We’ve all felt it. That nagging sense of regret that comes with eating a bit too much junk food and far too few veggies. We know we should get our greens, but why is it so hard to do sometimes? Those crispy, salty potato chips stare us down, begging us to indulge, until finally we cave. Then, adding insult to injury, they leave us with a stomach ache that serves as an unpleasant reminder of our indiscretion.
Now don’t get me wrong, indulgence has its place, and I fully believe that food should be both nourishing and enjoyable. But isn’t it easy to get in a rut of poor eating habits? That’s where I’ve been lately. It started with food aversions at the beginning of my pregnancy, but in the last few months it has become more about comfort and pleasure. It’s true that a salad still doesn’t sound all that good to me right now, but with a little creativity, I’m realizing I can make better choices even with my current limitations.
Enter roasted kale chips. These puppies deliver the best of both worlds. Salt craving? Satisfied. Crunch? They deliver. Not only are they delicious, but every time I make them I am giddy inside knowing I’m absorbing their goldmine of antioxidants as well as a heaping portion of vitamins A, K, and C. And if that wasn’t enough, kale is also a good source of calcium and iron. What’s not to love here?
Roasted kale chips are a lot more nutritious than a bag of Lay’s, but trust me, they are just as addicting.
- 1 bunch kale
- Extra virgin olive oil
- Kosher salt
- Fresh ground black pepper
- Preheat your oven to 400 degrees.
- Start by removing the thick stems from each leaf, and tearing the leaves into bite size pieces. Rinse the kale in a bath of cold water to remove dirt and take it for a ride in a salad spinner. Too much moisture will result in a soggy chip, so be sure to get out as much moisture as you (reasonably) can.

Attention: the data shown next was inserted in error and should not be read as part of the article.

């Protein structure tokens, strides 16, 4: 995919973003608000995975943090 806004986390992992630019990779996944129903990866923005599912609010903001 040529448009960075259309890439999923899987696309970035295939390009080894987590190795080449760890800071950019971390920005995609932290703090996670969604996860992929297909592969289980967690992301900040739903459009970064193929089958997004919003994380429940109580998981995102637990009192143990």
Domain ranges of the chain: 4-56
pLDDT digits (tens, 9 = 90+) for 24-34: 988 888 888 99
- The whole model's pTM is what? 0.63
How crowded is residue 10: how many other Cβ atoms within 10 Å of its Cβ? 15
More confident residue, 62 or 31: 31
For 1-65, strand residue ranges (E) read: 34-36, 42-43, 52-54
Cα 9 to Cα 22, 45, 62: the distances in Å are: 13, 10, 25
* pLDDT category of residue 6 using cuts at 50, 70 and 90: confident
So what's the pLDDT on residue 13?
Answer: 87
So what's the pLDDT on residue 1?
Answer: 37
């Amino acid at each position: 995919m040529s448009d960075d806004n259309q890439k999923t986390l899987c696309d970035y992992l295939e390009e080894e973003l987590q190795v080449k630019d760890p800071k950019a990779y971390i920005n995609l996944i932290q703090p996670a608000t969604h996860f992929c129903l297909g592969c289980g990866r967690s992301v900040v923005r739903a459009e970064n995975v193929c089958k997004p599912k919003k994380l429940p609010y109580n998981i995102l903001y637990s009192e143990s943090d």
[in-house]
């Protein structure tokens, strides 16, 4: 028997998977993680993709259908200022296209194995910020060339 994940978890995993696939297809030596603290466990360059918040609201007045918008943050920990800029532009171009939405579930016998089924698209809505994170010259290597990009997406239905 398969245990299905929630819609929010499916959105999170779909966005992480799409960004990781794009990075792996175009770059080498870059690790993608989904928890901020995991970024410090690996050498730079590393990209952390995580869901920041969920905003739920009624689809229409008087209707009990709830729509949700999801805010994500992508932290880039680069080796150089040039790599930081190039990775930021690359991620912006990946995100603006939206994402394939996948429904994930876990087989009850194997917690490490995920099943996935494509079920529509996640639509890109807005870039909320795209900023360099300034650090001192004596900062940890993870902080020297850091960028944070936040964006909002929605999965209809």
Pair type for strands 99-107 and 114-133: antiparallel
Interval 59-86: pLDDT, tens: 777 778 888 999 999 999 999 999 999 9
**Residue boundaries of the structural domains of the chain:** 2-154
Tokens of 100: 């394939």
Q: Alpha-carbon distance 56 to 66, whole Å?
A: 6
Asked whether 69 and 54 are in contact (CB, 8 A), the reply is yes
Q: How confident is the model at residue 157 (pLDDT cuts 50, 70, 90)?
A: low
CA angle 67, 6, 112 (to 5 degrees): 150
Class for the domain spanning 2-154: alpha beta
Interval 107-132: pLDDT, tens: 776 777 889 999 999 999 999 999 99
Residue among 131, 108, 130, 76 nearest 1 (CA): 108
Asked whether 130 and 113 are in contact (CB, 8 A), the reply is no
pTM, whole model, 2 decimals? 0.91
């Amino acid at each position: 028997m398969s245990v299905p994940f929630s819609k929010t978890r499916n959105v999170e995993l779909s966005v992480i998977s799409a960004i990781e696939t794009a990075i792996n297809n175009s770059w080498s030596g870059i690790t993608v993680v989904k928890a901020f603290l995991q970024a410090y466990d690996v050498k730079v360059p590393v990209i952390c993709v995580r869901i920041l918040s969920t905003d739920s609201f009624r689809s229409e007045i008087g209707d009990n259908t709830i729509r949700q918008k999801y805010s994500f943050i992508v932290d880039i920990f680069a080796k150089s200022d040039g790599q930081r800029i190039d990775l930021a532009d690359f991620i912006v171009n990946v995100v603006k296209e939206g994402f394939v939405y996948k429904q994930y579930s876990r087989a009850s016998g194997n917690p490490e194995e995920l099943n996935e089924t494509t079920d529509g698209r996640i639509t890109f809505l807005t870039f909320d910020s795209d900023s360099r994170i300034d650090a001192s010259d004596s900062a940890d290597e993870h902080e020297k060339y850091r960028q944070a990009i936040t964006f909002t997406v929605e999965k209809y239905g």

- Once dry, toss the kale leaves in a large bowl with a drizzle of extra virgin olive oil. Start conservatively, and then add more as needed. You want enough to coat the leaves, but you don’t want them to be oversaturated. Next, spread them out in a single layer on a couple of parchment-lined, rimmed metal cookie sheets.
- This is the fun part. Sprinkle the kale generously with kosher salt (chips are supposed to be salty, right?) and a couple cranks of freshly ground black pepper.
- Bake for 8-10 minutes, until the edges start to brown. I usually set my kitchen timer for 8 minutes, and then watch them like a hawk after that. It doesn’t take much to take these kale chips from perfectly crisp to burnt and crumbly.
- These are scrumptious straight off the pan, but I also love them with a side of ketchup. The tangy sweetness of the ketchup is the perfect counterbalance to the salty chip. Delicious!
Tips and Tidbits:
- Any kind of kale will do, but I prefer the curly variety. It makes for such a light texture and the twisted edges become a beautiful golden brown. Lacinato kale (sometimes called dinosaur kale) also works well and has a milder flavor.
- Parchment paper – is that the same as wax paper? Not quite. While there are some differences in the actual construction of the papers, what matters here is the coating. Wax paper is coated in a paraffin wax that will smoke when exposed to high temperatures (the only safe oven application is using it to line the bottom of a cake pan so that all the paper is covered by the batter). Parchment paper, on the other hand, has a silicone coating and is typically safe up to 420 degrees. It’s a pretty fool proof way to keep food from sticking to the pan, whether roasting kale, potatoes, or some other produce.
- A rimmed baking stone will work instead of a parchment-lined metal baking sheet when roasting vegetables, but in my experience, the results aren’t as favorable. While the food doesn’t stick, it also doesn’t crisp up quite as nicely. More and more, I’m transitioning to using my baking stones just for breads and pizzas.
- In addition to the salt and pepper, you could opt to add flavorings such as paprika powder, granulated garlic, or a finely grated hard cheese like Parmesan or Romano. You could even add a sprinkle of nutritional yeast for a cheesy flavor without the dairy.